Tag Archives: Scholar

EXCLUSIVE: History in a Bowl of Tea: Tea in the Ming & Qing Period

Scott_Tea_Meditation_July18

Beloved readers of Scotttea,

I’m excited to share the full video of Wednesday, July, 18th’s tea talk and interactive workshop “History in a Bowl of Tea: Tea in the Ming and Qing Period” (1368-1912). Held at Floating Mountain Tea House in Manhattan’s Upper West Side, this event is part three of an ongoing series covering the history of tea, from its development as a folk medicine over 6000 years ago into the beverage we love today.

In this event, we discussed how the loose leaf teas have their origins in the monumental shifts that marked the period of the Ming in Qing, from experimentation in oxidation and pan-frying to inventive brewing techniques and international trade. We explored the impact scholars, poets, emperors, and artisans had on tea art and the development of gong fu cha (literally the “skill and challenge of brewing tea”). And we examined antique teawares from the Ming and Qing period and learn about the evolution of tea brewing, from teabowl to gaiwan to Yixing teapot.

This event included tea tastings of China’s famous teas accompanied by step-by-step demonstrations of Ming and Qing period tea preparation. Below, as a supplement to the almost three-hour long video, I’ve provided a listing of the contents of the presentation (featured in the first half of the lecture), as well as a list of the teas brewed (and how they were prepared).

“History in a Bowl of Tea: Tea in the Ming & Qing Period”

Link to video

Ming and Qing Presentation Thumbnail.png

Above is just a fraction of what is included in the 30+ slide presentation. Topics discussed were as follows:

  • China Before the Ming Period Tea in the Song & Yuan Period
  • China in the Ming Period
    • Tea in the Ming
    • Famous Kilns
    • Tea Technology: Gaiwan, Kettles, Braziers, Teapots
    • Tea and Globalization in the Ming
  • China in the Qing Period
    • Tea in the Qing
    • Tea Production Art & Craft of the Qing
    • Gong Fu Cha Tea Culture in the Qing and in the World

Teas tasted:

1st Tea: 2014 南糯山生普洱 Nán nuò shān shēng pǔ’ěr, Xishuangbanna, Yunnan, China (brewed in contemporary reproduction of Ming period Yixing gaiwan)

2nd Tea: 水仙 Shuǐxiān “Water Immortal” Wuyi Mountain yancha oolong, Wuyishan, Fujian, China (brewed in a early 2000s fang-gu-shape Yixing teapot)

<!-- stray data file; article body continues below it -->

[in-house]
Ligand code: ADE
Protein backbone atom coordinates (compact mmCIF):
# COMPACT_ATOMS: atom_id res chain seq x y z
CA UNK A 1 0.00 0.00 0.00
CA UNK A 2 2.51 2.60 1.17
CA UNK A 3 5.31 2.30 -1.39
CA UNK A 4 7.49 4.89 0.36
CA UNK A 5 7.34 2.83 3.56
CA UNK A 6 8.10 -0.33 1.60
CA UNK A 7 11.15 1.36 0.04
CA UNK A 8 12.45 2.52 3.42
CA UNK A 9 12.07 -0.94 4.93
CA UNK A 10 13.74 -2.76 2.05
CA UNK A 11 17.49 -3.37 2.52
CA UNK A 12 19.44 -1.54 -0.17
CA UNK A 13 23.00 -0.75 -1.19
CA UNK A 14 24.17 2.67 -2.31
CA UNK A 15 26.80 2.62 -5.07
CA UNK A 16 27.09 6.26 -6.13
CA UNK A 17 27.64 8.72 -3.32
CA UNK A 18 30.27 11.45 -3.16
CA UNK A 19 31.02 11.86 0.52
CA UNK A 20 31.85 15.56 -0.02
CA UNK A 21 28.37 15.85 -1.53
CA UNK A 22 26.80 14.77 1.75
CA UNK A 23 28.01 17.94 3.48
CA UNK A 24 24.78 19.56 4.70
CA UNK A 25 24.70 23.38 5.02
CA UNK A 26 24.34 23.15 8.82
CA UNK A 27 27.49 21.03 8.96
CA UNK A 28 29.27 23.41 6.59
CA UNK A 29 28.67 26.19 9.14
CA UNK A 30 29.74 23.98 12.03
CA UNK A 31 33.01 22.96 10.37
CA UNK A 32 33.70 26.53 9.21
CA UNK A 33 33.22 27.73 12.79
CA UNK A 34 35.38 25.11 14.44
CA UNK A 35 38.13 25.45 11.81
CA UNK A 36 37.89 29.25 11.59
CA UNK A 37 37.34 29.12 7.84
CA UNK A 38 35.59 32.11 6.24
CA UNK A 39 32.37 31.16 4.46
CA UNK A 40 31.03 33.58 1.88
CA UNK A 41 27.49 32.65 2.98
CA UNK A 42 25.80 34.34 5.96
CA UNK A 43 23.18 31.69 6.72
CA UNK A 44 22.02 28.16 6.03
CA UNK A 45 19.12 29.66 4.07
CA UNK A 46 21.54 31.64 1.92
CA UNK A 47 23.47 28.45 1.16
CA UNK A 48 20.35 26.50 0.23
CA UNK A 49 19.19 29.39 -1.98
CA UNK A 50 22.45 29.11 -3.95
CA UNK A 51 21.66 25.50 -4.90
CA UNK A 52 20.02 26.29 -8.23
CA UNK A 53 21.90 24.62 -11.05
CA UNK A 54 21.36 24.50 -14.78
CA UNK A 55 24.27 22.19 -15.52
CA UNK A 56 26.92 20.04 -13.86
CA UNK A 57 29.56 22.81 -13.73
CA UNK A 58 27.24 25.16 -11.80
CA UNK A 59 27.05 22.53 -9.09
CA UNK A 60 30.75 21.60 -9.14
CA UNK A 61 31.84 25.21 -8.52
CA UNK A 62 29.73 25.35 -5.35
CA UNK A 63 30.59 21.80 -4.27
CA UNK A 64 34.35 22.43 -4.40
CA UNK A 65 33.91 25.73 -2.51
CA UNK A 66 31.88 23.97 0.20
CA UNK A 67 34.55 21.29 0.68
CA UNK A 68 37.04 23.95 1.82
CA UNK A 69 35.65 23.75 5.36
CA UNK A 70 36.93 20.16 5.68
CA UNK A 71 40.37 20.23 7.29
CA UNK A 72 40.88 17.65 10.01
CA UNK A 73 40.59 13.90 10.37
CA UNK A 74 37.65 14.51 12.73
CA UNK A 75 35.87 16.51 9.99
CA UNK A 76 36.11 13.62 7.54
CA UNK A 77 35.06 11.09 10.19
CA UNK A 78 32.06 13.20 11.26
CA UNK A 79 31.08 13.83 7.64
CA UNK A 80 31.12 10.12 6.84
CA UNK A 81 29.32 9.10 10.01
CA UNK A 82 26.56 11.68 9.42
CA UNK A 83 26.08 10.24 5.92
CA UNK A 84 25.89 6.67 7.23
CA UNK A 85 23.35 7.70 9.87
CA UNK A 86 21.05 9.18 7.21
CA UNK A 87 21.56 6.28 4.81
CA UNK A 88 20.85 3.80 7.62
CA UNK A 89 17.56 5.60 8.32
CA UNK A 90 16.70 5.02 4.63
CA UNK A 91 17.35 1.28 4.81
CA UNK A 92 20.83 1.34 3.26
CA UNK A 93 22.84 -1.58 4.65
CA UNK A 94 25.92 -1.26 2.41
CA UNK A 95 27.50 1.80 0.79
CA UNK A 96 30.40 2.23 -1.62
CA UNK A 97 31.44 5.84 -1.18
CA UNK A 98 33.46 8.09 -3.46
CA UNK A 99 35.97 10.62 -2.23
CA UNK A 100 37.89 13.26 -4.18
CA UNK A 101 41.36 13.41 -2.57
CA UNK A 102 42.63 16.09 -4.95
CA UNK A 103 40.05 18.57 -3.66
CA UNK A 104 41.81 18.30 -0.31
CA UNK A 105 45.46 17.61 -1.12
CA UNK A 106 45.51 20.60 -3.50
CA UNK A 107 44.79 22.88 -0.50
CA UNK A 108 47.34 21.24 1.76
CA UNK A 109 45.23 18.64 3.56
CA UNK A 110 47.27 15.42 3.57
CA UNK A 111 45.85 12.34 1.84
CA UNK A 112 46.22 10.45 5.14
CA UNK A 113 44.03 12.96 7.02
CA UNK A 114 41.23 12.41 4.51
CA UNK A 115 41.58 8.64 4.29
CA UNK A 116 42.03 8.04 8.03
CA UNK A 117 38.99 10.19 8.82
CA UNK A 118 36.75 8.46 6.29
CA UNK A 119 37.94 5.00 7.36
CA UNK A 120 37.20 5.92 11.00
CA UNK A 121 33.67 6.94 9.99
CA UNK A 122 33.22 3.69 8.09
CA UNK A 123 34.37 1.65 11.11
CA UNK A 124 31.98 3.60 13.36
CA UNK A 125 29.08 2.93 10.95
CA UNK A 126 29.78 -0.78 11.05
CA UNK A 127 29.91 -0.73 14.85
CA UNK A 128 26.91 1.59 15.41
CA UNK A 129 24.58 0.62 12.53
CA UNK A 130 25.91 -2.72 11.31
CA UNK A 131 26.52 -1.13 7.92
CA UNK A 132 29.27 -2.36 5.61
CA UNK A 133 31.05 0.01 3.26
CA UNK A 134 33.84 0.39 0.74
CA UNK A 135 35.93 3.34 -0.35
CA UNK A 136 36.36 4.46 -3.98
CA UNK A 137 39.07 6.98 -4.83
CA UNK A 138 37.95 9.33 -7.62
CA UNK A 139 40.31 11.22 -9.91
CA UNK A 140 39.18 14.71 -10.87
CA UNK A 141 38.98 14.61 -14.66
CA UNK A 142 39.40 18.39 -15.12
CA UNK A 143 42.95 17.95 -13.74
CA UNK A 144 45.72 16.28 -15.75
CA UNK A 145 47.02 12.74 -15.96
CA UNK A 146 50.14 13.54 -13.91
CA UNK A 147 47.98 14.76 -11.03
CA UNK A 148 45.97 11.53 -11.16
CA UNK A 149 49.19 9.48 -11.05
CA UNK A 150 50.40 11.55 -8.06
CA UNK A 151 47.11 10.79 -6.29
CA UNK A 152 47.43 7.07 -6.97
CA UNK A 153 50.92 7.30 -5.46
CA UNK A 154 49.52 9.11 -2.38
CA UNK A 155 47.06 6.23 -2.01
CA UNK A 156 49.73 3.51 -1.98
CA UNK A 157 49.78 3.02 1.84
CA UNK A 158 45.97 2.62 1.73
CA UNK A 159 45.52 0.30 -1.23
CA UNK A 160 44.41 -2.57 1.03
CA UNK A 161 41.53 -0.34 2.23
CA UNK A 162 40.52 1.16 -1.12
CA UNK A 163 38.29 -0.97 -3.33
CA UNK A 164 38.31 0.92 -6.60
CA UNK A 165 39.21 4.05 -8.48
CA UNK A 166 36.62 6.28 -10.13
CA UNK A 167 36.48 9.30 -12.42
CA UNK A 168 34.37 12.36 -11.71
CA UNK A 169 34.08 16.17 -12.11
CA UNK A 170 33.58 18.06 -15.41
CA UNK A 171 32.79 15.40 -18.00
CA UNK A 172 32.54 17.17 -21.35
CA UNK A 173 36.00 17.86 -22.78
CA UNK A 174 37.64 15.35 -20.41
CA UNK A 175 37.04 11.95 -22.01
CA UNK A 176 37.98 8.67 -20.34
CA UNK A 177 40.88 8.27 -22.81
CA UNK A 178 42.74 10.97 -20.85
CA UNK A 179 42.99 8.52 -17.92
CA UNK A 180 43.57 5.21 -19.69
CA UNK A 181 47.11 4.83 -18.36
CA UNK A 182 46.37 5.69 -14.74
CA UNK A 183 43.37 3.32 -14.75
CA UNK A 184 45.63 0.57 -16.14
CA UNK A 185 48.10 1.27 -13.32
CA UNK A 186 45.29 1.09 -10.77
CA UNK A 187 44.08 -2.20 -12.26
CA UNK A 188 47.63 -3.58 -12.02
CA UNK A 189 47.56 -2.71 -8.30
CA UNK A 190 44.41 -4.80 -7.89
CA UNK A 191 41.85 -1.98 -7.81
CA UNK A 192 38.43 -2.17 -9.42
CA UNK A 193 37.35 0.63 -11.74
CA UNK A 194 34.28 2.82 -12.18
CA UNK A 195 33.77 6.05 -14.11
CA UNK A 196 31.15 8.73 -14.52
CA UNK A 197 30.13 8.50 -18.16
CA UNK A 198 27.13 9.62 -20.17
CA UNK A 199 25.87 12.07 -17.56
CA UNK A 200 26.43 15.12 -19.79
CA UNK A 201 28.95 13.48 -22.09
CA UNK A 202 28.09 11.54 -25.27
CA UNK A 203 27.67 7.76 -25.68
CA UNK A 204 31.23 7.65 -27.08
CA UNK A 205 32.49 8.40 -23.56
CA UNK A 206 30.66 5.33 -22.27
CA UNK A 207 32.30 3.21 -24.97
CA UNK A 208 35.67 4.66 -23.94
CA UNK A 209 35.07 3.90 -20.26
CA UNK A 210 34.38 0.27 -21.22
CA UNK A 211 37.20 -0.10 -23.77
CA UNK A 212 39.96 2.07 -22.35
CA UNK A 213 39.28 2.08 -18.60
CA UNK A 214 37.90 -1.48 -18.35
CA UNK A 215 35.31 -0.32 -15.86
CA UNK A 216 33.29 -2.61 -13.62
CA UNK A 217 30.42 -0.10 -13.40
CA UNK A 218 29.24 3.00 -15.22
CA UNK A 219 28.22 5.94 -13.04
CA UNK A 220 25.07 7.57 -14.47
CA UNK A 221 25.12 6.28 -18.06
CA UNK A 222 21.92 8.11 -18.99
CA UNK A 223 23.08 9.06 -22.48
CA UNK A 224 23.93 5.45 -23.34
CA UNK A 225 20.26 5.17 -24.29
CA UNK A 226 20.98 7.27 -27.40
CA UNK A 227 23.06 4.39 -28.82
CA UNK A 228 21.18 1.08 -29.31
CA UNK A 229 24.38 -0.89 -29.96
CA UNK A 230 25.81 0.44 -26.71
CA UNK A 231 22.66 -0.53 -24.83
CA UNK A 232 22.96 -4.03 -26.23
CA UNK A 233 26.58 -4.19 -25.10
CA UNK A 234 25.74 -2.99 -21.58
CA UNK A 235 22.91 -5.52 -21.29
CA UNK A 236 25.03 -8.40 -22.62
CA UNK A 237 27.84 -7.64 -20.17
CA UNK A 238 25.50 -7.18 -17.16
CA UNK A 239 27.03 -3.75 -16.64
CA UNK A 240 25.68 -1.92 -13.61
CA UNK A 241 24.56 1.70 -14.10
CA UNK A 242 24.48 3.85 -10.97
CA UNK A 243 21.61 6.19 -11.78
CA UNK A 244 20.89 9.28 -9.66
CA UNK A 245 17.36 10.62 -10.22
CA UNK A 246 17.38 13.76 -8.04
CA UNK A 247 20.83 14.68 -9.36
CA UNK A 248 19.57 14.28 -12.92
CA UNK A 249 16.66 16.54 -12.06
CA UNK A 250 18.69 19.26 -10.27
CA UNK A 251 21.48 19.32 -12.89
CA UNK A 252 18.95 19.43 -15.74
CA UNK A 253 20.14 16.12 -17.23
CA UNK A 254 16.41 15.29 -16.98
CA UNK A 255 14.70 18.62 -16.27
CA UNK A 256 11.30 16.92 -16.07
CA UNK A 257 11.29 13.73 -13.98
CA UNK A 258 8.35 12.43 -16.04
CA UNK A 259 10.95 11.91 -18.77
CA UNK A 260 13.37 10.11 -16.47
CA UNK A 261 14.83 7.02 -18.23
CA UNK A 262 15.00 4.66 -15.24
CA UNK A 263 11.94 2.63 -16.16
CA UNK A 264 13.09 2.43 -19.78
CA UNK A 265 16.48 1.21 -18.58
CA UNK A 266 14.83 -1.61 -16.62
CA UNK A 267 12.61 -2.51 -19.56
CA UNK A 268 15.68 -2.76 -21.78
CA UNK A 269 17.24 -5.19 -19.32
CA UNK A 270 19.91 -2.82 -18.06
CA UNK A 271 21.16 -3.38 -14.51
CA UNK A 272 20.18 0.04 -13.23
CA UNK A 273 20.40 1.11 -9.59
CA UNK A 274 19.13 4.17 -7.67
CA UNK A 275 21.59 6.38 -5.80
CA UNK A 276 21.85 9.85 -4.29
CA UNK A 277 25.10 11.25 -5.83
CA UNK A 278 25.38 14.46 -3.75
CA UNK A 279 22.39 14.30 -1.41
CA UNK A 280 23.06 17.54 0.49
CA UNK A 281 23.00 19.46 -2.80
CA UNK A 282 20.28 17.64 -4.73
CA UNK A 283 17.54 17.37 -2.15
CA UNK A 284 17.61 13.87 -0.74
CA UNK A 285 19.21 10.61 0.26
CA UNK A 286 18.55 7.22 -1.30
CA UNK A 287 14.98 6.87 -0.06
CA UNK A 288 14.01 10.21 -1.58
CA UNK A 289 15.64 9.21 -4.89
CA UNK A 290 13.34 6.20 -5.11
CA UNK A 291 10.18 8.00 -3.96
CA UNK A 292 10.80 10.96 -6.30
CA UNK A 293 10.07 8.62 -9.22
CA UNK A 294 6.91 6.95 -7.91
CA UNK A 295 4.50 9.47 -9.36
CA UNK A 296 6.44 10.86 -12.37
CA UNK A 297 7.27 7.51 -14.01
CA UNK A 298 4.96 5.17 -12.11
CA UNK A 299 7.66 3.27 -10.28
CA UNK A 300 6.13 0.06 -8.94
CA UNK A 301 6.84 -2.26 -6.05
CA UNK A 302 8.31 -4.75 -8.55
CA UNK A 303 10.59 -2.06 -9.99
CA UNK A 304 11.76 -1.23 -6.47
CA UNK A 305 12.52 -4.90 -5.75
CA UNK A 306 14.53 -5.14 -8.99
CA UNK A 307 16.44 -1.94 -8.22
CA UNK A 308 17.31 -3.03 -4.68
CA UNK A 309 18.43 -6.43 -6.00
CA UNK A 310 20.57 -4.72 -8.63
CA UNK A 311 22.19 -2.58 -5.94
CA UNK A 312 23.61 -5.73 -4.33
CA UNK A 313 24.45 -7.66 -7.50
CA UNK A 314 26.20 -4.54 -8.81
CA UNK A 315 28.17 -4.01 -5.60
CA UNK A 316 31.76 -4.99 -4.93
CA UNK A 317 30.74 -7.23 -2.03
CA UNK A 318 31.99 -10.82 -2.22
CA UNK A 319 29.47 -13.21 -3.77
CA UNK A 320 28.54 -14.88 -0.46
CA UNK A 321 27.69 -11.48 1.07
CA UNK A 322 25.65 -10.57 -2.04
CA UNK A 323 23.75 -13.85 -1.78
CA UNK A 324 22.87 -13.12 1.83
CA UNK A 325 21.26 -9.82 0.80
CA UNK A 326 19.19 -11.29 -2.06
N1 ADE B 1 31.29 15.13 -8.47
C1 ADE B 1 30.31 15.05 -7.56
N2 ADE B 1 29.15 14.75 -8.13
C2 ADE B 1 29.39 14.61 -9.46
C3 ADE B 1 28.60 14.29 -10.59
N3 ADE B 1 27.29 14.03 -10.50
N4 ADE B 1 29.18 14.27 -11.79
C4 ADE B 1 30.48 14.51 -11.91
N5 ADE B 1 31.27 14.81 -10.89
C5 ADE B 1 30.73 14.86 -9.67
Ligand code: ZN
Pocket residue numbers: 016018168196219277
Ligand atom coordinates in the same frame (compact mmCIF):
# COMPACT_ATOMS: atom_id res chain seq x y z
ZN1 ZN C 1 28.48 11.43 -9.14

3rd Tea: 八仙 Bāxiān “Eight Immortals” Phoenix Mountain dan cong oolong, Chaozhou, Guangdong, China (brewed in a 1990s shui ping hu-shape Yixing teapot)

4th Tea: 正山小種 Zhèng shān xiǎo zhǒng, Lapsang Souchong, Wuyishan, Fujian, China (brewed in a contemporary Jun-yao-glazed teapot)

5th Tea: Charcoal-roasted 鐵觀音 Tiě guānyīn “Iron Goddess of Mercy” Anxi-style oolong, Nantou, Taiwan (brewed in 19th century-early 20th century Si Ting Hu-shape Yixing teapot)

6th Tea: 野生大葉白茶 Yěshēng dàyè báichá Wild “Big Leaf” White Tea, Fuding, Fujian, China (brewed in contemporary Qing-shape Jingdezhen white porcelain gaiwan)

****

Look out for more tea talks and workshops soon to be added to this blog. I regularly present and moderate at museums, universities, tea houses, cultural centers, etc. For speaking inquiries, feel free to reach out to scotttea888 (at) gmail.com.

 

Advertisements

Leave a comment

Filed under Ceramics, China, Education, Green Tea, History, Hongcha, Japan, Korea, Matcha, Oolong, Pu-erh, Sencha, Tea, Tea Tasting, Vietnam, White Tea, Yellow Tea

Curling Leaves and Unfurling Flavors

IMG_7580

Sitting down to brew a fabulous 鳳凰單樅烏龍茶 Fènghuáng dān cōng wūlóngchá (Phoenix single bush oolong tea) gifted to me by a visiting artist and tea collector. The tea and the moment it creates is the perfect complement to a Summer’s morning, just minutes after a light rain and illuminated by the warm light of the dawn.

As I have done countless times before, I choose to brew tea with a well-loved 肉扁 Ròu biǎn (literally “flattened portion of meat”-shaped) Yixing teapot. Acquired in San Francisco at the city’s famed Imperial Tea Court (founded by the Bay Area-based tea master Roy K. Fong), the little teapot has been brewing Phoenix oolongs for over a decade. Well-loved and well-seasoned, the little russet-colored 朱泥 zhū ní teapot now bears the patina of years of continued use, transforming its surface from a dull terra cotta to soft and almost luminescent cinnabar.

IMG_7578

For this morning’s tea I employ an antique Japanese tea scoop (茶合, sagō) cut from the stalk of an old bamboo and fashioned in the manner of a wooden wrist rest, an object once commonplace within a scholar’s studio of classical China. Written upon the surface of the scoop is a poem, a fourteen-character 山水詩 (shānshuǐ shī, literally “mountains and rivers poem” or “landscape poem”), within which are allusions to life amidst mountains and clouds.

IMG_7579